Participants meeting the study criteria described below are approached for informed consent in the hospital before definitive fixation. METRC has adopted a comprehensive informed consent process for all of its studies that involves the treating surgeon, the clinical site research coordinator, and materials and resources to facilitate patients and family members making an informed decision about participation. Details of this process are described in Supplemental Digital Content 1 (see Figure, http://links.lww.com/BOT/A874). A legally authorized representative is permitted to consent on behalf of patients who are unable to do so before definitive fixation. All screened and enrolled patients have inclusion and exclusion criteria documented in REDCap,28 the web-based, distributed data collection system used for all METRC studies. Enrolled patients are prospectively followed for 6 months after definitive fixation.
The surgical technique is to place 1000 mg of sterile vancomycin powder directly in the wound over all metal implants (plates and screws) at the time of wound closure.14–17 It is thought that application of powder over the plate in this manner creates a “kill zone” for bacteria that inhibits biofilm formation. When multiple wounds are present with multiple plates, the surgeon splits the dose of powder between those wounds according to his or her's clinical judgment. The powder is not put into small percutaneous incisions used to place single screws.
Surgeons have been trained to have the vancomycin powder make as much contact with the plate as possible while also allowing vancomycin powder to be placed into the surrounding surgical wound. When definitive fixation is performed as a staged procedure, vancomycin powder is only used during the procedure that is thought to have the highest risk of SSI, which typically is the final procedure. To minimize variation across sites, surgeons are instructed to use the powder form of the drug for the purposes of this study and not to create a paste for delivering the vancomycin; they should spread the drug into the wound bed.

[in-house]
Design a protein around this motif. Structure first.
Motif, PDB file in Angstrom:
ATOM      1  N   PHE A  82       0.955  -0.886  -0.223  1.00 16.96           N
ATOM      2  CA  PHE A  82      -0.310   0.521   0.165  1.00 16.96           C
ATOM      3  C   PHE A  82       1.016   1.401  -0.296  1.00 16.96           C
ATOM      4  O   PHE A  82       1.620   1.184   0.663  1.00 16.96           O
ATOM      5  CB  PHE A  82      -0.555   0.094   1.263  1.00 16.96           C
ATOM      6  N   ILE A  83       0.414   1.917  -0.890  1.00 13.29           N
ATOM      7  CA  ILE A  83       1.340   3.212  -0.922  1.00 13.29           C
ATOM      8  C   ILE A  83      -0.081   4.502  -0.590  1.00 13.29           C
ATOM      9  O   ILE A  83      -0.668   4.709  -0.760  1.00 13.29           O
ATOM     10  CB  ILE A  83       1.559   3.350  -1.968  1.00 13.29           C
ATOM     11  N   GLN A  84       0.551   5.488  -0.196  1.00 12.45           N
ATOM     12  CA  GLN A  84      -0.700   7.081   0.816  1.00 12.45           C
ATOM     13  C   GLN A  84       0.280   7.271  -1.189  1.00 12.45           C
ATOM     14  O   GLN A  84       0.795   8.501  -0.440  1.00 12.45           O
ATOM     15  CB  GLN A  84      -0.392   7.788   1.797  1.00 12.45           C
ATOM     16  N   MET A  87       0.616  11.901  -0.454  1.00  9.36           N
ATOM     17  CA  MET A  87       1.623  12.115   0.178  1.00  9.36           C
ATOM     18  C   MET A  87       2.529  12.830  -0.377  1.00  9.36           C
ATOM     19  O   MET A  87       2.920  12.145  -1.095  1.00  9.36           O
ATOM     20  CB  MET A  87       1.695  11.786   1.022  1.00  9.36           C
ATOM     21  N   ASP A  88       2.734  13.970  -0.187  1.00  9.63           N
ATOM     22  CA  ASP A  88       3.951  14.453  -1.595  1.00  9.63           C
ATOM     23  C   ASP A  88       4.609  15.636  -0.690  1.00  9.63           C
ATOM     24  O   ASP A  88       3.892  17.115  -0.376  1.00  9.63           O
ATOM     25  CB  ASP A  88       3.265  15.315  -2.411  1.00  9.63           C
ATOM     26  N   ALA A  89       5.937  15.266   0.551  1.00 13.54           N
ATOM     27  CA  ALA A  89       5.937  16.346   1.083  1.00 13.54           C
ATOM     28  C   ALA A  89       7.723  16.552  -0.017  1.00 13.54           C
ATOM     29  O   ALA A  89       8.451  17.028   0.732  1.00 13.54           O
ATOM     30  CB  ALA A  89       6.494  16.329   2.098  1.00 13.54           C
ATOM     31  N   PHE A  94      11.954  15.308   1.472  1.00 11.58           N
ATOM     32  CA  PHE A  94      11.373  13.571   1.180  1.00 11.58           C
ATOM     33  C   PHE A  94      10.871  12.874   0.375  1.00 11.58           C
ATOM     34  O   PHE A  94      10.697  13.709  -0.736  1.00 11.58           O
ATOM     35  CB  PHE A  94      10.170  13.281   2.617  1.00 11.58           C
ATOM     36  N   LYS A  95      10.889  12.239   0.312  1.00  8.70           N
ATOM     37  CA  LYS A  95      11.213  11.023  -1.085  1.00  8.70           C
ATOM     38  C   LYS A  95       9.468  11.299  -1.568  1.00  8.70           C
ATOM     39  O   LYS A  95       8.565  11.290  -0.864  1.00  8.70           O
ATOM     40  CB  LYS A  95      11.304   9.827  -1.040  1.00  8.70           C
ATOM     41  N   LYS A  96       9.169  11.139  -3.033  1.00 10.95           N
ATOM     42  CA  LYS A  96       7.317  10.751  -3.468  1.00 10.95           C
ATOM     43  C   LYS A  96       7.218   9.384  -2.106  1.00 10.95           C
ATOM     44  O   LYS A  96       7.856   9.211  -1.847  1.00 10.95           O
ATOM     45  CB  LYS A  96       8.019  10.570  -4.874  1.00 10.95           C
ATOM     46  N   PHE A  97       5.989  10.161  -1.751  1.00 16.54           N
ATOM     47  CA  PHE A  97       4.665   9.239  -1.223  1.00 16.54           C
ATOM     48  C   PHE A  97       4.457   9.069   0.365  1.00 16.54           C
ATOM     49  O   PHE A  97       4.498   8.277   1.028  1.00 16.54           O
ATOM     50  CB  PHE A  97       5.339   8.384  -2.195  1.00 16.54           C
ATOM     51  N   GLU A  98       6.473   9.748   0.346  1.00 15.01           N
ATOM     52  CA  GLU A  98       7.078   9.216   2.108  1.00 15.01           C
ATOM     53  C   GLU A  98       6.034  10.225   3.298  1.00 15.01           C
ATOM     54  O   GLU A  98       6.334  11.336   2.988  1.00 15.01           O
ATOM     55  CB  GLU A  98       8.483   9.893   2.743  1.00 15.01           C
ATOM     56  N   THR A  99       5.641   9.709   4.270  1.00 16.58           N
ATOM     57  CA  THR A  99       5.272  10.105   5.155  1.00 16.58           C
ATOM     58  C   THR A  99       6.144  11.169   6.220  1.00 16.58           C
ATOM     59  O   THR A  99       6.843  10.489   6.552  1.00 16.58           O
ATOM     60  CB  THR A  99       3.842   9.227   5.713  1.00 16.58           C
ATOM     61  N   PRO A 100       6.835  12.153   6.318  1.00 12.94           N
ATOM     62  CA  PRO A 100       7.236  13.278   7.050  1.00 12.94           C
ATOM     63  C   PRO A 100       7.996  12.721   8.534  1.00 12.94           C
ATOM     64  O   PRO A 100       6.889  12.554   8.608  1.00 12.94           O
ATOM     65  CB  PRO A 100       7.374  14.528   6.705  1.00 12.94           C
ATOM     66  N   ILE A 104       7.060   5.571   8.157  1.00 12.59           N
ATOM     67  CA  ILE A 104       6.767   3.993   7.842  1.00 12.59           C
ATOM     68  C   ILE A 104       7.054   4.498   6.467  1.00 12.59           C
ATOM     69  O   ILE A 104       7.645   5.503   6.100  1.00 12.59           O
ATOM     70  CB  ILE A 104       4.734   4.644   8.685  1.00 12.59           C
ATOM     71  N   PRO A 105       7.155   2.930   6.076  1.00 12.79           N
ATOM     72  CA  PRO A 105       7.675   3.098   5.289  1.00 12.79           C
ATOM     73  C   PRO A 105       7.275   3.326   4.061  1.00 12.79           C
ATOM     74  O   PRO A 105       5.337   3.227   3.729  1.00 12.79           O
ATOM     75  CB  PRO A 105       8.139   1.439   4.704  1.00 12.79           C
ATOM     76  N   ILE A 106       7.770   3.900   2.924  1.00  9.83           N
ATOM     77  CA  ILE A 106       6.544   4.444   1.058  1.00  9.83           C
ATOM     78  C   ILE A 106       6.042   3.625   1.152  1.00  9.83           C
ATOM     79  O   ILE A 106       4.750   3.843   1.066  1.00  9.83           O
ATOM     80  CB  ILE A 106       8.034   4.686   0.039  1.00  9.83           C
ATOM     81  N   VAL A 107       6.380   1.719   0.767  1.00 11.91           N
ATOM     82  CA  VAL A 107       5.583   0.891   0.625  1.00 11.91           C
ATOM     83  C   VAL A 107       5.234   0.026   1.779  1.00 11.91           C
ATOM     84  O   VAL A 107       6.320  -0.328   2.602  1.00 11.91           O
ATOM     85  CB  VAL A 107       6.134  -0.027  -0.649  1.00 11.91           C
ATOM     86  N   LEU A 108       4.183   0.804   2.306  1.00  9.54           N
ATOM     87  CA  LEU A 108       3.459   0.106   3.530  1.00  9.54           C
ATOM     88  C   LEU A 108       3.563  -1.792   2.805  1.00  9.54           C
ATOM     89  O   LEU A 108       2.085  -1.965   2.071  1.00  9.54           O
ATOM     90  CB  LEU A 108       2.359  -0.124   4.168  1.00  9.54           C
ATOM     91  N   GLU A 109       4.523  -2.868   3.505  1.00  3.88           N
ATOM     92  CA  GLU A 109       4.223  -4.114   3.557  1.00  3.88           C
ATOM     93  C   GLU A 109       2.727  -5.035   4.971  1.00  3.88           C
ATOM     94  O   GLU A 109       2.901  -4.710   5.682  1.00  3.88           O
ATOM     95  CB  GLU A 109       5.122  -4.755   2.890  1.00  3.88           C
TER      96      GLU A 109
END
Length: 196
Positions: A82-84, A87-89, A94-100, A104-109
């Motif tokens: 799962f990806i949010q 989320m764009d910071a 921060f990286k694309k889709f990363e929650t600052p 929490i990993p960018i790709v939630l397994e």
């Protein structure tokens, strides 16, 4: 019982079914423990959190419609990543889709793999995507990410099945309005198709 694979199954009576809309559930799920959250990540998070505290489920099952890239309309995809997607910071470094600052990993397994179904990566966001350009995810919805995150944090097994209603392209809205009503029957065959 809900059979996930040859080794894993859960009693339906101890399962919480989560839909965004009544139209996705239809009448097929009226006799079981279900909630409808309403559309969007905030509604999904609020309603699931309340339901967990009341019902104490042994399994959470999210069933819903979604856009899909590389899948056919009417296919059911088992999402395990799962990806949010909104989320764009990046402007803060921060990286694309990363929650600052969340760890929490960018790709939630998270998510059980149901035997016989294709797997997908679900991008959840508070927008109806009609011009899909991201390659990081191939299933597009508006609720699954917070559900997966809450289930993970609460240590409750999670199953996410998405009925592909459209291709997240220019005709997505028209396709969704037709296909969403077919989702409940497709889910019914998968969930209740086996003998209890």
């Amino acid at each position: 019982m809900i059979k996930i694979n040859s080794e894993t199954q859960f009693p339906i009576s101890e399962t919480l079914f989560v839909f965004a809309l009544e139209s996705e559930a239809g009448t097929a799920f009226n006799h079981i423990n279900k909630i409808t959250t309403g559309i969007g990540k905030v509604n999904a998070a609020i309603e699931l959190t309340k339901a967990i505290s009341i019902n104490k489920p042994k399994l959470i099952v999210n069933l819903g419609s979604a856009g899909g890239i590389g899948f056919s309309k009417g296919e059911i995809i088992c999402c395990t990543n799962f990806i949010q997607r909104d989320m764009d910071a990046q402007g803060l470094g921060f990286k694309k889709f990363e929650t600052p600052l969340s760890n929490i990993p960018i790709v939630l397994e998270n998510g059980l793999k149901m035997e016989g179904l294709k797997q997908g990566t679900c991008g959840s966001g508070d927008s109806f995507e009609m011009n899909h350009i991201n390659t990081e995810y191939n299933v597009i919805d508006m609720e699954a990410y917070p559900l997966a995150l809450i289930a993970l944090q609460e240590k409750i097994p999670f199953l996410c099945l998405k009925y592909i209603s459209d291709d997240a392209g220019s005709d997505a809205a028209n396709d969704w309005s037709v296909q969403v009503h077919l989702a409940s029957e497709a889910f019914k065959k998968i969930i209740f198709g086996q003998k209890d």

It is unknown how long the antibiotics must be present in the wound to be clinically effective, but data from the spine literature has shown this delivery method to be efficacious. From the perspective of preventing the development of bacterial resistance, it is thought that a high dose over a short period is preferable to lower doses over a longer period, as would be seen when antibiotics are mixed with longer acting carriers. As there is no carrier for the antibiotics, the vancomycin powder is likely to be fully absorbed within a day or even less time.15
Most orthopaedic trauma surgeons are already familiar with using sterile vancomycin powder in the operating room to make antibiotic beads and nails. The powder is delivered in a sterile form, and hospitals are already familiar with the storage, handling, and management of the drug. In extremity wounds, a typical local dose would be 1000 mg of vancomycin powder placed into the wound at the time of closure. Previous data indicate that the systemic load from this amount is likely to be very low14–17 and undetectable in the systemic circulation in one previous study in spine surgery.15 The typical IV dose is at least 1000 mg twice daily (often for 6 or more weeks if the patient has an infection). It is clear then that a single local dose is a relatively small amount of the drug compared with what is typically used in systemic IV therapy.